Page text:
Virus inactivation

RVFV 13- and ONNV-containing supernatants were inactivated with β-PL as previously described–[31]. Briefly, the supernatants were collected and RVFV 13 was inactivated by incubating with 0.05% of β-PL at 4°C for 16 h. The hydrolysis of β-PL was achieved by incubation at 37°C for 2 h. For ONNV a final concentration of 0.1% of β-PL was needed for total inactivation. All β-PL treated samples were subjected to a virus plaque assay to control complete inactivation. To ensure equal treatment of the samples, supernatants of negative controls and cells stimulated with poly IC were also treated with β-PL.

Vesicular stomatitis virus (VSV) bioassay

A classical VSV bioassay was performed as described previously. EidNi/41.3, MEF and MA104 cells were seeded in 12-well plates at a density of 4×105 cells per ml. After 24 h the inactivated supernatants or a pan-species IFN-α (pan-IFN, a universal recombinant type I human IFN-α A/D hybrid, PBL Biomedical Laboratories/Axxora, Lörrach, Germany) standard dilution series were added to the respective cell lines. An internal standard curve comprising five concentrations (0.5, 1, 10, 20 and 40 units/ml) of pan-IFN diluted in medium of mock treated cells was applied in every experiment. The external pan-IFN standard curves for the EC50 calculation were performed in quadruplicates and comprised pan-IFN concentrations between 0.25 and 150 units/ml diluted in DMEM. 24 h posttreatment, IFN containing supernatants were removed and cells were washed with PBS. The cells were then infected with VSV at an MOI of 0.025. After 1 h of virus adsorption cells were washed again and overlayed with Avicel as described above. After 2 days the overlay was discarded, the cells were fixed and stained as before.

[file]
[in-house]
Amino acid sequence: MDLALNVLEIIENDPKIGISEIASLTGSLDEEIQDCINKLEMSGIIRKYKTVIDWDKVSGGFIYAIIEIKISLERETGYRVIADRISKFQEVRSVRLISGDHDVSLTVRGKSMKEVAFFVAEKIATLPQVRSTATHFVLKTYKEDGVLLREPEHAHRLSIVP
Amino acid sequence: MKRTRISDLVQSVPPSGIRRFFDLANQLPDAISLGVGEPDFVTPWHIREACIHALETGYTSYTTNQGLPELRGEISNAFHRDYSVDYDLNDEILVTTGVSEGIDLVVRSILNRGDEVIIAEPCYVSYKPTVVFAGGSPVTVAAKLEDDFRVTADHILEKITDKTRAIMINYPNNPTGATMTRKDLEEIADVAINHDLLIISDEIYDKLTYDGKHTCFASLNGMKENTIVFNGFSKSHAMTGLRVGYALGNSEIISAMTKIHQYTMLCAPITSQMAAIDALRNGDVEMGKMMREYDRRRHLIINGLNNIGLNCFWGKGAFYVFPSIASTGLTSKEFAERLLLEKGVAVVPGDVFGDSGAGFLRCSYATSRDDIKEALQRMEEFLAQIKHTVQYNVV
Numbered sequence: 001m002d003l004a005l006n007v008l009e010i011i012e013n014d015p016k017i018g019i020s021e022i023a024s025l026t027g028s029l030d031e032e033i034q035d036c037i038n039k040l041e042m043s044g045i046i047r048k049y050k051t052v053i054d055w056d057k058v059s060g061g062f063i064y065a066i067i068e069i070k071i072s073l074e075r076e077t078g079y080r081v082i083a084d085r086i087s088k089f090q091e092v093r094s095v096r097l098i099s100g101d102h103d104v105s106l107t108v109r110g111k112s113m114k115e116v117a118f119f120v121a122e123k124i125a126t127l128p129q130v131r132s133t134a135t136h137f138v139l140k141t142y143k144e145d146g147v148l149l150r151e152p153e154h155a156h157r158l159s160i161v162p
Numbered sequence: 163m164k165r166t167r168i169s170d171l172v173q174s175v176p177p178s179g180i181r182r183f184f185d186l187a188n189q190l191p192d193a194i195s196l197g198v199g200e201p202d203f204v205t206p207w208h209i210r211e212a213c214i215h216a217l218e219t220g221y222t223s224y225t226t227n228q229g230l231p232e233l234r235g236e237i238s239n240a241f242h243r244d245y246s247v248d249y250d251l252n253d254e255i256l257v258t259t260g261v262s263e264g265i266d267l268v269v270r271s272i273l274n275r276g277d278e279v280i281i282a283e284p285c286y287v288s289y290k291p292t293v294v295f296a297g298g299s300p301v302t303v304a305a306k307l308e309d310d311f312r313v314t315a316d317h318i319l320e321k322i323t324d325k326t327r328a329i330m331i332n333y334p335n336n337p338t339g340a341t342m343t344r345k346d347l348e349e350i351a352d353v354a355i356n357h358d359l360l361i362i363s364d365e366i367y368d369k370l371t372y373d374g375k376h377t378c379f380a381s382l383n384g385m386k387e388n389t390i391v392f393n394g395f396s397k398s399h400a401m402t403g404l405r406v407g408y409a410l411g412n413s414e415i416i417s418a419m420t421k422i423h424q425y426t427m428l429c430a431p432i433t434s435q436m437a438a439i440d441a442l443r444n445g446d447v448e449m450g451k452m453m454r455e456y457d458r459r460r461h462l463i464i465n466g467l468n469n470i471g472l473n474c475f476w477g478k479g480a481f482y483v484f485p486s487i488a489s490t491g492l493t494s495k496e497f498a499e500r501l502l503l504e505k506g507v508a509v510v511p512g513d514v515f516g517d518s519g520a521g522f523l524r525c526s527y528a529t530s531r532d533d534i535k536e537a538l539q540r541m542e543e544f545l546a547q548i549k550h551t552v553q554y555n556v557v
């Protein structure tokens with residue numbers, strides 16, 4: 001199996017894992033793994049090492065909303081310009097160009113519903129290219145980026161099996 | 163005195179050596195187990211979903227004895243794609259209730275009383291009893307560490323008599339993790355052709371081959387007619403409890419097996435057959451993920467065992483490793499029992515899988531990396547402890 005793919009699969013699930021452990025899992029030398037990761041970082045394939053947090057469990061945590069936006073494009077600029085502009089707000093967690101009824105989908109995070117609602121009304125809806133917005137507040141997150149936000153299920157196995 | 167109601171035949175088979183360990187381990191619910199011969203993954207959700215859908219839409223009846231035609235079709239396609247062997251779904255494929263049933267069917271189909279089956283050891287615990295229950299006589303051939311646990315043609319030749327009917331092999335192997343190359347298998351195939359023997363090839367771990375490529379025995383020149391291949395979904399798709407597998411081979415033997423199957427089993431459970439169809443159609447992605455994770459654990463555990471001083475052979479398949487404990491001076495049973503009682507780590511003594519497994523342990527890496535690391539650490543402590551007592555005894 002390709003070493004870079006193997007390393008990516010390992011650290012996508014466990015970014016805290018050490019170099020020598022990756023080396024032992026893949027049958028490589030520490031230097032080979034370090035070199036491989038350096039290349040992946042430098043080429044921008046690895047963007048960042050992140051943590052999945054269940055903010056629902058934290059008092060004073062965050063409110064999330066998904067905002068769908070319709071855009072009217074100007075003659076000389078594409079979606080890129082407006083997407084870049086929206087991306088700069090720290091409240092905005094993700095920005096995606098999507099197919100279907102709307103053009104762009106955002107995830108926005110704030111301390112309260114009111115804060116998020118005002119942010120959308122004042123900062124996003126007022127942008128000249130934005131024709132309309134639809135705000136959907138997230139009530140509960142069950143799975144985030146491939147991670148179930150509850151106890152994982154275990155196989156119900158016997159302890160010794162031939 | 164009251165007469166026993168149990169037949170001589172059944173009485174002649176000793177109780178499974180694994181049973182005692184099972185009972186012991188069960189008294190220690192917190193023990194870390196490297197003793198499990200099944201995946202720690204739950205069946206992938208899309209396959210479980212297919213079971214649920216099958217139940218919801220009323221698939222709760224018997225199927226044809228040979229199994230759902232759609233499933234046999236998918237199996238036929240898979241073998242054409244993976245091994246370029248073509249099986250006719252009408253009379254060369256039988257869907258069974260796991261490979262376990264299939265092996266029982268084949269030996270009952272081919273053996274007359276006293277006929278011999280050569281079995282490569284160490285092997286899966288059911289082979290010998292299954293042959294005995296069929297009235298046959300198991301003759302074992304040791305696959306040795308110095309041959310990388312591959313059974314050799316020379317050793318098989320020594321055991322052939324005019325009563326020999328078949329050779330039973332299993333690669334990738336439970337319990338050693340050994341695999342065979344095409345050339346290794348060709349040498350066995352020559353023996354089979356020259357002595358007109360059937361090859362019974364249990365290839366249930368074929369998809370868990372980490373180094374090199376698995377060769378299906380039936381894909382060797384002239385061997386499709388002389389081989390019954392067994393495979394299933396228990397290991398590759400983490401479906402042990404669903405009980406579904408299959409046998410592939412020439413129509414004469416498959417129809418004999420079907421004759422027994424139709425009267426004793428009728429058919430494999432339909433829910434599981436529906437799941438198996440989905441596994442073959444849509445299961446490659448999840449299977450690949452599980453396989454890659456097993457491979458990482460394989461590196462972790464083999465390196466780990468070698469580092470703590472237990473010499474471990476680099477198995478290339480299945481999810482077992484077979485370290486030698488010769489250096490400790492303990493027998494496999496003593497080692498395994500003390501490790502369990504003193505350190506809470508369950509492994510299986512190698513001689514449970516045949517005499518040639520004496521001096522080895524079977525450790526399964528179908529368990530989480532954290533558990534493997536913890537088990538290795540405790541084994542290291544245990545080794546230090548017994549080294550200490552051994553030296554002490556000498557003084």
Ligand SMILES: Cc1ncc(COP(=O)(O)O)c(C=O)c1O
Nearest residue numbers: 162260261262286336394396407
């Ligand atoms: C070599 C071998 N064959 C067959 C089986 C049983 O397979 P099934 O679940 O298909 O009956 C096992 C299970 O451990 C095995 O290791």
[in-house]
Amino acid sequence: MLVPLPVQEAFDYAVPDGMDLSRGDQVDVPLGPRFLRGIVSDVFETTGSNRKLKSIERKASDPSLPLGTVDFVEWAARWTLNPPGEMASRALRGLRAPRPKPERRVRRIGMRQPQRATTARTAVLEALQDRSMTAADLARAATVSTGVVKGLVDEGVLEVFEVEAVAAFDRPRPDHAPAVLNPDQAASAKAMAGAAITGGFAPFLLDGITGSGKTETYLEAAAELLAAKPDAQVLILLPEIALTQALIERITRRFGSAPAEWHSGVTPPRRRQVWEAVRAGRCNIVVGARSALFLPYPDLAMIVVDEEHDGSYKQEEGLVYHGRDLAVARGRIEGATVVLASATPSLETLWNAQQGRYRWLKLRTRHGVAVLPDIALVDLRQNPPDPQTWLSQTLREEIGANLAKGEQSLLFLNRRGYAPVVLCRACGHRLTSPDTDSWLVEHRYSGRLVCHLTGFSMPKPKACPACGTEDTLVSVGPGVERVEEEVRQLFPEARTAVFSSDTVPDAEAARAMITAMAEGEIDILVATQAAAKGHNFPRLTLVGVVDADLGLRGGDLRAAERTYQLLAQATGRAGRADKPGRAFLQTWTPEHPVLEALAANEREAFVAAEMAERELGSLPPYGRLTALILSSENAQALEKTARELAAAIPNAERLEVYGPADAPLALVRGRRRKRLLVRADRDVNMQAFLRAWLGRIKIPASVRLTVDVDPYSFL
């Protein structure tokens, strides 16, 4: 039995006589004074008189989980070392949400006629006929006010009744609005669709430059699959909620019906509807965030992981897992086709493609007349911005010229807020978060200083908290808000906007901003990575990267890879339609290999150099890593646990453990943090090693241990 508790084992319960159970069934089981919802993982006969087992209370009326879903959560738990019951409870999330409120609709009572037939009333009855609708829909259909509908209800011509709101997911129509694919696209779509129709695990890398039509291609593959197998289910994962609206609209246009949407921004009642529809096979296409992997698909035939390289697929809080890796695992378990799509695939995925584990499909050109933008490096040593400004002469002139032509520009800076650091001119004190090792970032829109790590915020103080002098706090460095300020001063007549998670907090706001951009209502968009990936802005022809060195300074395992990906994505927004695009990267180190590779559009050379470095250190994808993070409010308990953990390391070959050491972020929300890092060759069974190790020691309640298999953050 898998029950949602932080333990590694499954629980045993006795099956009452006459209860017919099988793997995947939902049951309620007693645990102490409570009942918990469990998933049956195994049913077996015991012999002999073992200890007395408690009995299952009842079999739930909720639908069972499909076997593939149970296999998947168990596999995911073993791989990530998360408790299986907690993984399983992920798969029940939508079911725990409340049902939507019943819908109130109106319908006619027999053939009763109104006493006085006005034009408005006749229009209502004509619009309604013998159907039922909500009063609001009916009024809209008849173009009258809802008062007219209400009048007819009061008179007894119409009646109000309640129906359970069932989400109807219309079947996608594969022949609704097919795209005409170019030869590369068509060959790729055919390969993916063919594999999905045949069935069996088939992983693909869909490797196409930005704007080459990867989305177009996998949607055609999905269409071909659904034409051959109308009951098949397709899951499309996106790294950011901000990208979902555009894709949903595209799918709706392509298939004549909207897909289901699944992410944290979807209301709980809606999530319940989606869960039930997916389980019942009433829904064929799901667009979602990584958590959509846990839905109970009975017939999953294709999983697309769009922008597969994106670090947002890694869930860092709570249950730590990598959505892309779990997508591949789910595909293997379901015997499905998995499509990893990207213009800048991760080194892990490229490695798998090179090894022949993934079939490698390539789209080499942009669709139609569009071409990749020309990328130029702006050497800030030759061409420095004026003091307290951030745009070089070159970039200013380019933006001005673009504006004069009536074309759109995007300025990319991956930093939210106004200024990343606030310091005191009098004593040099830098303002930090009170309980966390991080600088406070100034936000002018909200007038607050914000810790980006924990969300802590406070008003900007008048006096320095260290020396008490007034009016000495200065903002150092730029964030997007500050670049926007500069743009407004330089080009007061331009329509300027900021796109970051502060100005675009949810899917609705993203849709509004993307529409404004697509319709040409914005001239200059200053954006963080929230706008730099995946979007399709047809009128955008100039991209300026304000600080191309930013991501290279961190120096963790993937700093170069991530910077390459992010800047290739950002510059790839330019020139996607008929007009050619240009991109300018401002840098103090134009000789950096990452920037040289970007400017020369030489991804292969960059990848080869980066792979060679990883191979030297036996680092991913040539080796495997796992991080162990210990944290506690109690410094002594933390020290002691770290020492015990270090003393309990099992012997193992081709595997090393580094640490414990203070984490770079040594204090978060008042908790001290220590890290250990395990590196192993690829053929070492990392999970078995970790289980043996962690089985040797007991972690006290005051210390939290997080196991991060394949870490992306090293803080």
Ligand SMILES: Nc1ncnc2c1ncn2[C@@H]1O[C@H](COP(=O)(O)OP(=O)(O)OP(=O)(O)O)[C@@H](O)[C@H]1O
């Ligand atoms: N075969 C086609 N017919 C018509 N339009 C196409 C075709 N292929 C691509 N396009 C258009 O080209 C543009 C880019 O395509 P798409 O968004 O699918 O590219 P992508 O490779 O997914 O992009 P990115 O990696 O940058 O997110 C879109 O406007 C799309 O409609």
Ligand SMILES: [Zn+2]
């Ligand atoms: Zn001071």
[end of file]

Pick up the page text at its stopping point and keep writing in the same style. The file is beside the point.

Calculation of EC50 values and determination of normalized IFN concentrations

The amount of plaques of the applied pan-species IFN standard curves or of the test samples was calculated in percentage (maximal plaque count from the negative control was set to 100%). The equation of the internal standard was used to calculate IFN amounts in the samples. EC50 values were defined as IFN concentrations which reduced the number of plaques to 50%. Afterwards the values were multiplied by the dilution factors and figures were normalized to the amount of IFN per ml. To define comparable, species-independent IFN concentrations the calculated amount of IFN was divided by the EC50 of each internal standard curve. Thus, the normalized amount of IFN could directly be compared.

SDS-PAGE and Western blot analysis